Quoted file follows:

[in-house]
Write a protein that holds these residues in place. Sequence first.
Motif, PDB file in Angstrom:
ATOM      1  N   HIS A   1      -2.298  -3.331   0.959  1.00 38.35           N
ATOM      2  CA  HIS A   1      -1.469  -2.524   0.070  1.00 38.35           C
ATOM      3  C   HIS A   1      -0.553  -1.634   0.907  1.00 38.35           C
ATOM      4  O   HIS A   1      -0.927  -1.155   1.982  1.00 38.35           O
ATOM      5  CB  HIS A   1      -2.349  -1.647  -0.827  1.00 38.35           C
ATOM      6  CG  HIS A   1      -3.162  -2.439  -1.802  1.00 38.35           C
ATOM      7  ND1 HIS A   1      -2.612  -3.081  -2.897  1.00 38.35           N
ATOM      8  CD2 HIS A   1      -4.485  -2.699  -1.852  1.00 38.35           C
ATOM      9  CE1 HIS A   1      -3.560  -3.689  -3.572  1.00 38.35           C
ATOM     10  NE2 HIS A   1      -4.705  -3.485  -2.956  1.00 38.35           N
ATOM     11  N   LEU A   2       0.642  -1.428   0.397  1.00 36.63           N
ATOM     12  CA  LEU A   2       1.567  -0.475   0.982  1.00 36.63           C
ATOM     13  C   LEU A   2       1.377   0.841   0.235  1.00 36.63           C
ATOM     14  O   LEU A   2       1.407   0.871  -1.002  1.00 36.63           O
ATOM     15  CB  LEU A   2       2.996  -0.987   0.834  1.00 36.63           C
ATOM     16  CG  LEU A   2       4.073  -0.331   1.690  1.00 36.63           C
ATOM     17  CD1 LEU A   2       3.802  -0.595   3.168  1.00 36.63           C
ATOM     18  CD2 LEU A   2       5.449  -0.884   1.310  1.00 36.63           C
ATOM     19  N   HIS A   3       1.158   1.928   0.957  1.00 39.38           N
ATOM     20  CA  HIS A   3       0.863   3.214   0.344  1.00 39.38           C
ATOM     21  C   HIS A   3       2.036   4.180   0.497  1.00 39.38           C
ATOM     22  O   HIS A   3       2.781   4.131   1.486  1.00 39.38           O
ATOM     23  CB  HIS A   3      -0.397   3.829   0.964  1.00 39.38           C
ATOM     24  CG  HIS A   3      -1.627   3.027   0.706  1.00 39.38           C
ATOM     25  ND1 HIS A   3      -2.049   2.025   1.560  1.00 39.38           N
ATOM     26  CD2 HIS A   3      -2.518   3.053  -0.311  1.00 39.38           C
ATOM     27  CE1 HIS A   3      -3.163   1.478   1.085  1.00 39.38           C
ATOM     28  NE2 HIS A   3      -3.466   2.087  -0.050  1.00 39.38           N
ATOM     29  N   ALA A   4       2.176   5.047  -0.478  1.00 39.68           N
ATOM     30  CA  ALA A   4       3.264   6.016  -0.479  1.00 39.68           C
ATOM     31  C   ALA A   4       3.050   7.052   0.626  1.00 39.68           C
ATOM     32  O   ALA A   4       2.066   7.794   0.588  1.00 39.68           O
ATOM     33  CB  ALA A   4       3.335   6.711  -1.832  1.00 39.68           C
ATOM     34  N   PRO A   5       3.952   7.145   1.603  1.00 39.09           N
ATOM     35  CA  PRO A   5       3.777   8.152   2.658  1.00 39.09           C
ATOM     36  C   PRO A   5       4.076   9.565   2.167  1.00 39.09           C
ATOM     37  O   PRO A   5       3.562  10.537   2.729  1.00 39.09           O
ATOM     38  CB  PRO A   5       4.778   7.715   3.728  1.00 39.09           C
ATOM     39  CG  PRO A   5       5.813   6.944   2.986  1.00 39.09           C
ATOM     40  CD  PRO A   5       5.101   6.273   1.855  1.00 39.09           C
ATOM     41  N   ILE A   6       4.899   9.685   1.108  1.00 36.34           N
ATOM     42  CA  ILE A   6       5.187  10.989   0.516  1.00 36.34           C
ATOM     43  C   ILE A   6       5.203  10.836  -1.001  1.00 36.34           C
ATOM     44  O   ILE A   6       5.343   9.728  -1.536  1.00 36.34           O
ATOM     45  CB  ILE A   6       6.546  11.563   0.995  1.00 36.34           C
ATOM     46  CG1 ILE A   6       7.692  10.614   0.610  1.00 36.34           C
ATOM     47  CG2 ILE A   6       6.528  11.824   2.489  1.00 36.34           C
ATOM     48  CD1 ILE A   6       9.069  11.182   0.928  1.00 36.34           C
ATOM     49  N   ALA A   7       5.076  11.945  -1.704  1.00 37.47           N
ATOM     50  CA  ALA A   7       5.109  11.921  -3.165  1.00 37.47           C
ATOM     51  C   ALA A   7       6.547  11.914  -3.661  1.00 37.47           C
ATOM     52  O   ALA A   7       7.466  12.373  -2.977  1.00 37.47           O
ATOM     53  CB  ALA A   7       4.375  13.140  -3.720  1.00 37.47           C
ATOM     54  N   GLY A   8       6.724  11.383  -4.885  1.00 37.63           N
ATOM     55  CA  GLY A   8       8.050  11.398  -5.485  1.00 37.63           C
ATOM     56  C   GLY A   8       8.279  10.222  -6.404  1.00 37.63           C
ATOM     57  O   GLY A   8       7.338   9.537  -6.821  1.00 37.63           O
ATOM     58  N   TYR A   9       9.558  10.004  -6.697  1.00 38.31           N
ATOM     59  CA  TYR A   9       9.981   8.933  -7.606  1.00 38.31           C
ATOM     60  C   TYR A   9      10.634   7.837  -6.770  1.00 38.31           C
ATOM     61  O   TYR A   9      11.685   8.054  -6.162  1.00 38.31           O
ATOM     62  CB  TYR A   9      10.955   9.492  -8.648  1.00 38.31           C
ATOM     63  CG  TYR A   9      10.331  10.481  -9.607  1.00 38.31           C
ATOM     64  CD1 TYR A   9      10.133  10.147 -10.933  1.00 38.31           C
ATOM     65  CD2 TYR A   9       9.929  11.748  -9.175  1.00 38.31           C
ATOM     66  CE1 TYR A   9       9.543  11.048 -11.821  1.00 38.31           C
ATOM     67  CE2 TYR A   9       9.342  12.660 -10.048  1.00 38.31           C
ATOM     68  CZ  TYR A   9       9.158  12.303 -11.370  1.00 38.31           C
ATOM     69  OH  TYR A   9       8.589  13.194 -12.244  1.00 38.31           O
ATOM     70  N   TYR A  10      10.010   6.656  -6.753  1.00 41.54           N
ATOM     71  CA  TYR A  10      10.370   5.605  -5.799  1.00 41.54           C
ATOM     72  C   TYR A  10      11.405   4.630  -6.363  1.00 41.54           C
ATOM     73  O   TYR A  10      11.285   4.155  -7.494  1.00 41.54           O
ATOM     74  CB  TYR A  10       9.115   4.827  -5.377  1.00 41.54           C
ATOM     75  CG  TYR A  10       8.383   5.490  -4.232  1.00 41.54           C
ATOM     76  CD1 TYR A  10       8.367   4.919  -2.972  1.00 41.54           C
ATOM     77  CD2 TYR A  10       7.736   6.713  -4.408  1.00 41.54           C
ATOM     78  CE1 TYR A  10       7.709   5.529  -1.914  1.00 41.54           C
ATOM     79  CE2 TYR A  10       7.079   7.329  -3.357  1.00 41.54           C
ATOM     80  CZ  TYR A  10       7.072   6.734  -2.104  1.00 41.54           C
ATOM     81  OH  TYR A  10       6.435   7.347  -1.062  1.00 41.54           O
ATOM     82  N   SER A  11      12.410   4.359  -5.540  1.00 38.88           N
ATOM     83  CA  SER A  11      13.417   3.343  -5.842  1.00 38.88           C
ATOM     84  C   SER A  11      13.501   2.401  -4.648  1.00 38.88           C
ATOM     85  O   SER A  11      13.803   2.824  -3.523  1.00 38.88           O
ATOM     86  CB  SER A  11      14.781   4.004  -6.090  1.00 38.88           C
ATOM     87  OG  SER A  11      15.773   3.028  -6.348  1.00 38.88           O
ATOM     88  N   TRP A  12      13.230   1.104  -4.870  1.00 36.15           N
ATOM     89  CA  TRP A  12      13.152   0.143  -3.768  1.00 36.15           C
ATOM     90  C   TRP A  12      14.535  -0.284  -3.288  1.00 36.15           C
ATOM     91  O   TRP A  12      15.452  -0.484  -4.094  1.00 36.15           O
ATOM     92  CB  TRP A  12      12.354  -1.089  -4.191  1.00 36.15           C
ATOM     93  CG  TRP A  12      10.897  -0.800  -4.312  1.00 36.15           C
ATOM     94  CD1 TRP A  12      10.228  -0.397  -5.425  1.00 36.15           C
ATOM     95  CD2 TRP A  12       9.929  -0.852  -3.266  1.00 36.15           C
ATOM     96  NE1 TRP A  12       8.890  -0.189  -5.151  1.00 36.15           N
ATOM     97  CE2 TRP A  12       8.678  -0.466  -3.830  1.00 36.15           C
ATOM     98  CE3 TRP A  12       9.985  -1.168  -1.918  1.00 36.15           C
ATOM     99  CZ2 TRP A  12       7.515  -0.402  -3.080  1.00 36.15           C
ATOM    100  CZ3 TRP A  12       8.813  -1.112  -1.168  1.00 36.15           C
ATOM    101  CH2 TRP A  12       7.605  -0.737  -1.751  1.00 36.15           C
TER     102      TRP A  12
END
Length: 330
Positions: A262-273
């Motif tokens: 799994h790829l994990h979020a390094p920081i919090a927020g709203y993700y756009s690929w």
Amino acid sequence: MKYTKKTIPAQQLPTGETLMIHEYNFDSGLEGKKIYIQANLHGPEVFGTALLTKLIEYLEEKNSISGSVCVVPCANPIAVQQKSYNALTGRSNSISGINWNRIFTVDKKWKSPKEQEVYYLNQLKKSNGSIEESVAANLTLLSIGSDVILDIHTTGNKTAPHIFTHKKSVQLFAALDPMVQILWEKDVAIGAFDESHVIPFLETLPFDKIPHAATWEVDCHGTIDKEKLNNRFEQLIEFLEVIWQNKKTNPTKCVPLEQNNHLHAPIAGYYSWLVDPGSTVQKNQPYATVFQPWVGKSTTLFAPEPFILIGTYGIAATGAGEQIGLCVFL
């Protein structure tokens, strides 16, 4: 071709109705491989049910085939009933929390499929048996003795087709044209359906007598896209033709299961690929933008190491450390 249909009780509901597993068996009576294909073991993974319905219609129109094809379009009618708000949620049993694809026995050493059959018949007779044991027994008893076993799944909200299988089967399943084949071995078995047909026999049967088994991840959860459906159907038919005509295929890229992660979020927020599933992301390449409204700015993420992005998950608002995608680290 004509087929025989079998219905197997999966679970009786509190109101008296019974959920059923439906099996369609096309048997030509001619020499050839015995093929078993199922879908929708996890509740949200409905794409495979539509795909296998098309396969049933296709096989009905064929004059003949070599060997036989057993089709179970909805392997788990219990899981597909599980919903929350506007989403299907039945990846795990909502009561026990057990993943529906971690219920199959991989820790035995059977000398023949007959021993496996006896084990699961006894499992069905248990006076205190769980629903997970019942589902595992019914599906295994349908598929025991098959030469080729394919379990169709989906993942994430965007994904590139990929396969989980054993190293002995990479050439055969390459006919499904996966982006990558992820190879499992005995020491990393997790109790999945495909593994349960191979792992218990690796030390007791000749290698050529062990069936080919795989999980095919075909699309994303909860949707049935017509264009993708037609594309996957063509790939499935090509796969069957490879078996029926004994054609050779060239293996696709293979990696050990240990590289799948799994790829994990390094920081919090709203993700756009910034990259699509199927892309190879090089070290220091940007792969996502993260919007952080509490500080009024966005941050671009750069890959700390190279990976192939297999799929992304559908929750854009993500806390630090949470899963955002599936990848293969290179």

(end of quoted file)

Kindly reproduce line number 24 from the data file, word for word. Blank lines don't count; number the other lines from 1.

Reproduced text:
ATOM     21  C   HIS A   3       2.036   4.180   0.497  1.00 39.38           C